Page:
Sea History 116 - Autumn 2006

Page 13

Captain Decatur was born on Mary- legend holds that, at her launch, Decatur land's Eastern Shore in January, 1779, bu t stood proudly on her deck. Scarcely could his family moved to Philadelphia shortly he have dream ed that, some fifteen years thereafter. His father, the son of French later, he would command United States in emigres, was also a mariner who had com- her most famous engagem ent against the manded the merchant vessel Peggy before British frigate, HMS Macedonian . the American Revolution. When that war started, the senior Decatur commanded a number of American privateers, a natural outlet for his hereditary dislike of the English. 1 When his father returned to the merchant service at the war's end, Stephen sailed with him to Europe at the tender age of eight, a worthy tonic for a severe attack of whooping cough. The voyage cemented in the yo ungster's mind his ambition to become a ship captain like his father and grandfather before him. His natural flair for leadership manifested itself throughout his formative years, as did his sense of fair play; he often found himself defending yo unger lads whom he thought the victims of bullying older playmates. In one recorded event, a fourteen-year-old Stephen gave a severe beating to a yo ung ruffian , several years his senior, who had In 1798, with the "quasi-war" with spoken ill of his mother. School at Philadelphia's Protestant France about to begin , yo ung Stephen reEpiscopal Academy held little interest for ceived his warrant to midshipman through him, but out of respect for his parents, he the efforts of Captain John Barry, a close completed his course of study and was ac- fri end of the Decaturs and a hero of the cepted to the University of Pennsylvania. American Revolution. He was assigned After only one year there, the classical as a midshipman aboard United States, studies requisite for his ultimate ordina- commanded by none other than Captain tion as an Episcopal clergyman (his moth- Barry. Serving under such a brilliant comer's dream for him) had become bother- mander was, perhaps, inspirational to Desome, and his parents accepted that their catur, who learned well and fo llowed his so n's heart was instead with the sea and mentor's lead throughout his naval career. Two of his former classmates, Charles ships. They allowed him to withdraw and take a job in the counting house of Gur- Stewart and Richard Somers, were also asney & Smith, the merchant firm for w hich signed in United States, as was one who wo uld fatally cross tacks with Decatur two his father sailed. He applied himself to his job, studied decades later: James Barron. Decatur and his messm ates thrived mathematics on his own, and watched for an opportunity to get back to sea. With in the environment, learned their trade, war clouds building, Gurney and Smith and distinguished themselves as leadwon the contract to build one of the six ers aboard their ship. Stephen's superiors frigates approved by Congress and Presi- noted that the yo ung man was, at age dent Washington in 1794. During con- nineteen, " ... well informed, chivalrous in struction, Decatur could often be found temper, courteous in his deportment, and prowling about the ship, studying her [shows] grace of manner to an attractive derails and perhaps dreaming of sailing person." By May of 1799, Decatur had in this glorious heavy frigate, USS United been promoted to lieutenant, but at the States, a sister ship to Constitution, which same time his ship, beaten by gales during was then being built at Boston. A popular her short and undistinguished two-year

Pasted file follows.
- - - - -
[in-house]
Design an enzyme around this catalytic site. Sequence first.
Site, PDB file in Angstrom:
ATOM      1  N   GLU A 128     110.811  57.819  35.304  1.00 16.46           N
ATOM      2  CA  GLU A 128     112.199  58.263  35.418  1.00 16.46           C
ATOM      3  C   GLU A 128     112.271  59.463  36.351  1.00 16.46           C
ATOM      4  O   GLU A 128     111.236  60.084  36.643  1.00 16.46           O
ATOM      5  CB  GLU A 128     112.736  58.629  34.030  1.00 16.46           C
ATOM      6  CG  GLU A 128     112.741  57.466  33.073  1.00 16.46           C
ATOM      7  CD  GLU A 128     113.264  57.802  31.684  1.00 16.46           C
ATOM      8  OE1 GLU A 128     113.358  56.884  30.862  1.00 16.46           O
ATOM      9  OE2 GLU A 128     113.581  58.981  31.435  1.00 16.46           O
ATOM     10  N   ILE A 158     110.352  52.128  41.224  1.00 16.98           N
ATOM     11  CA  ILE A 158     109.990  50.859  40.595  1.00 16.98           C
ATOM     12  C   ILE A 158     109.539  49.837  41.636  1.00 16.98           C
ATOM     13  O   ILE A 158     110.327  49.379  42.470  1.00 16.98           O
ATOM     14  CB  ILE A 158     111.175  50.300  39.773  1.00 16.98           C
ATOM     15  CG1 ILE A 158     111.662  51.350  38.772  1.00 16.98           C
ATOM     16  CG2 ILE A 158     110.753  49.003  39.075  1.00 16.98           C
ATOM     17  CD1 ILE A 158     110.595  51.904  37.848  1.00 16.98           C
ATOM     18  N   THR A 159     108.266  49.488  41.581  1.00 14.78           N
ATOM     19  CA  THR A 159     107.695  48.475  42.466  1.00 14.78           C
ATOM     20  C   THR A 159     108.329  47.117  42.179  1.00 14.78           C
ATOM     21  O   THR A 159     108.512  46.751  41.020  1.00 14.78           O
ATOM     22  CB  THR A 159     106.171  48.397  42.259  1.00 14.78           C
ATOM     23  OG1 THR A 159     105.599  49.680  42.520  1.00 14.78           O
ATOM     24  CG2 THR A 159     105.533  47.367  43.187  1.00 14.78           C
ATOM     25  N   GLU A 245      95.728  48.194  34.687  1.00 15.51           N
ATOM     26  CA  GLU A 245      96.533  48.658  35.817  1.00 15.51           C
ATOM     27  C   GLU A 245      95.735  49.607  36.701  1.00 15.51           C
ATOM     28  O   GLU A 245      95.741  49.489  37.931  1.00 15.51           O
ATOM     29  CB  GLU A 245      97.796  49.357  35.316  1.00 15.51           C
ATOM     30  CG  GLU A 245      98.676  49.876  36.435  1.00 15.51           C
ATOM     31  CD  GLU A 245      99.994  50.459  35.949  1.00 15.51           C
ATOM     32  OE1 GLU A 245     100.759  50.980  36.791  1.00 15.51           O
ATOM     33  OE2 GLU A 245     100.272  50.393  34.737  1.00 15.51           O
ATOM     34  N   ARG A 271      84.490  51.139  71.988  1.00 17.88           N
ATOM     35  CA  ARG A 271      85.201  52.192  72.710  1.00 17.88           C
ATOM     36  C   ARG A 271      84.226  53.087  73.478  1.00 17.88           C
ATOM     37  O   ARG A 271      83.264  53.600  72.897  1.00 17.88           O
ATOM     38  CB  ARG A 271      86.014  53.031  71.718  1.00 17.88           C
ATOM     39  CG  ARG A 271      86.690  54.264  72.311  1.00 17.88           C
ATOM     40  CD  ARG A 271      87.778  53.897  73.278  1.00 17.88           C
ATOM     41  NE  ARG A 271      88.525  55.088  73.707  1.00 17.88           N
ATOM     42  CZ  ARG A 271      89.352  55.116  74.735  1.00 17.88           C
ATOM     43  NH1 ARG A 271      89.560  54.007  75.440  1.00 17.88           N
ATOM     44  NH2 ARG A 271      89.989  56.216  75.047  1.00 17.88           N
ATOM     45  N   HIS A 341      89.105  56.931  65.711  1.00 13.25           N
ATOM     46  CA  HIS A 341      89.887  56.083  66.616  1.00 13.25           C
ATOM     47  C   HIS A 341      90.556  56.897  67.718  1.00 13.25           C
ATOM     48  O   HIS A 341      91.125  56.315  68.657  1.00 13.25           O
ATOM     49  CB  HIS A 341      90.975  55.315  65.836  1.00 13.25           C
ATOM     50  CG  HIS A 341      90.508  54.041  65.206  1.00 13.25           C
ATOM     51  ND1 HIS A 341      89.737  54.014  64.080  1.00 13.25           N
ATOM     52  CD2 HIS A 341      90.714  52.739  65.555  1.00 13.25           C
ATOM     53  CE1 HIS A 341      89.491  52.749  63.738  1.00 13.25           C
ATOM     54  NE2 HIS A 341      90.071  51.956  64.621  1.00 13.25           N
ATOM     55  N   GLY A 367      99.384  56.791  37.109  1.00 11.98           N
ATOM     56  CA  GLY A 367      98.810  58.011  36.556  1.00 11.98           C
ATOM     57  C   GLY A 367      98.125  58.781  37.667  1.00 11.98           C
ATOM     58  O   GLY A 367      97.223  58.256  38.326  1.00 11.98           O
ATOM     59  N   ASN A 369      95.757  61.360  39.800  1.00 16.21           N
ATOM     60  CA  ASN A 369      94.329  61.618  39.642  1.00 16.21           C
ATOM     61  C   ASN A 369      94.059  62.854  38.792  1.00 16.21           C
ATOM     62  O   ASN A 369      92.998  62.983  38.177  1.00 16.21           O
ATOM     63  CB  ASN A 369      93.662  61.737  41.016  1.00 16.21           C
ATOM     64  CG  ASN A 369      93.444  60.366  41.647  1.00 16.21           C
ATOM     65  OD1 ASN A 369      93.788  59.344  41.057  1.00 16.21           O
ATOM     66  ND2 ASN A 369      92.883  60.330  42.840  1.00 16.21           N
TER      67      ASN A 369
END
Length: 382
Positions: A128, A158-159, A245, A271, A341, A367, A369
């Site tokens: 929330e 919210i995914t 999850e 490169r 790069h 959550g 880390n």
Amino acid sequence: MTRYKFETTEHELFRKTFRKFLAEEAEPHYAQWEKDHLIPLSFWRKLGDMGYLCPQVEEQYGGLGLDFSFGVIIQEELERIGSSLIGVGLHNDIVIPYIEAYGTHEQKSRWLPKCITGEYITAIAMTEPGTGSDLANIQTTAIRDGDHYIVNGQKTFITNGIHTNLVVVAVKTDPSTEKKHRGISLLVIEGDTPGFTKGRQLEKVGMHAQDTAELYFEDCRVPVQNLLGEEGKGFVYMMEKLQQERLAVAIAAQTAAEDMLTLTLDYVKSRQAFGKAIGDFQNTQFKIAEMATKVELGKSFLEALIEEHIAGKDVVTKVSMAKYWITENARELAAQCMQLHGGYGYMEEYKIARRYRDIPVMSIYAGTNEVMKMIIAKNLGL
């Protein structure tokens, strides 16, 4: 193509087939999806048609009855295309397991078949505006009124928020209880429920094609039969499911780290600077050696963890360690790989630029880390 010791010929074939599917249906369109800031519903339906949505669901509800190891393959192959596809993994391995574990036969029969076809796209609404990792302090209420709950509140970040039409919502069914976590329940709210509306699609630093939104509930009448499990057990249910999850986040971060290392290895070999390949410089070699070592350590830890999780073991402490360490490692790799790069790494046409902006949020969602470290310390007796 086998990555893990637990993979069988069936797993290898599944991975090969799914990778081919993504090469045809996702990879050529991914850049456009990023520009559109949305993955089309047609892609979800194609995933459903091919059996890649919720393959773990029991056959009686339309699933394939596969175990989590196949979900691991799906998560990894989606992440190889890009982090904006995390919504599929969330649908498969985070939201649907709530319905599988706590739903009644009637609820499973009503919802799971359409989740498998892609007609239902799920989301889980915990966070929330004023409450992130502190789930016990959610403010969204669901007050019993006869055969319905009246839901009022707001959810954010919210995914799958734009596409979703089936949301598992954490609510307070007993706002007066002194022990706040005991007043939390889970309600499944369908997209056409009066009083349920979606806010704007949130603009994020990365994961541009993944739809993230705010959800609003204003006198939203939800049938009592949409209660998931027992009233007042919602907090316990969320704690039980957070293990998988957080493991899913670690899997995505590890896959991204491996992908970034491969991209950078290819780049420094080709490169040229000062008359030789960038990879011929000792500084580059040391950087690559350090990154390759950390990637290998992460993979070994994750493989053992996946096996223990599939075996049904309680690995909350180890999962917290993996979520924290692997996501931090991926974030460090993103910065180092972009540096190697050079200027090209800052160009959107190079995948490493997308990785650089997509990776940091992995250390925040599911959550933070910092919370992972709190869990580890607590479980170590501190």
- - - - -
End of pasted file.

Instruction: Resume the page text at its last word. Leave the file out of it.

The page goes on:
career, was deemed unseaworthy and taken into the Navy yard for extensive repairs. Decatur, dismayed at the looming inactivity, m anaged to secure a berth in the brig Norfolk, commanded by Thomas Calvert. The brig had little better luck in find ing suitable prey than had United States. When the war ended in 1800, Norfolk had taken no prizes of consequence. Within a year, however, the situation in the Mediterranean had become dangerous for American imerests. The corsairs of the Barbary Coast were demanding tribute to their rulers in exchange for trading rights in the Mediterranean. Other countries, including France, England, Spain, and Italy, having learned that fighting the corsairs was costly in both money and ships, willingly paid the tribute. America, financially strapped from her lengthy war with England and then France, could ill afford their demands. While some attempts were made to appease the rulers of the four Barbary states with both money and materiel (including a Boston-built frigate) , the Barbary pirates continued co capture American trading ships, vital to the re-growth of the American exchequer, and hold their crews for ransom. The Jefferson administration chose to answer their threats and depredations with military force and, over the subsequem years, sent several fleets into the Mediterranean with instructions to protect our trad ers however they might. In 1803, fo llowing a previous tour in the Mediterranean as first lieuten ant in Essex, Lieutenant Decatur was given command of the newly built brig Argus with orders to join Commodore Preble's squadron. They arrived at Gibraltar just weeks before the fateful loss of Philadelphia. There, he and Isaac Hull exchanged commands (a seniority issue) , putting Decatur in charge of the schooner Enterprize. Most of his officers from Argus transferred with him, by their own choice. Commodore Preble established a base of operations in Sici ly, and, a few months and a few successful cruises later, with his crew of volunteers Lieutenant Decatur led the attack in Tripoli Harbor for which he wo uld forever be known. In command of the Navy Yard at Norfolk, Virginia, in 1807, Decatur again 11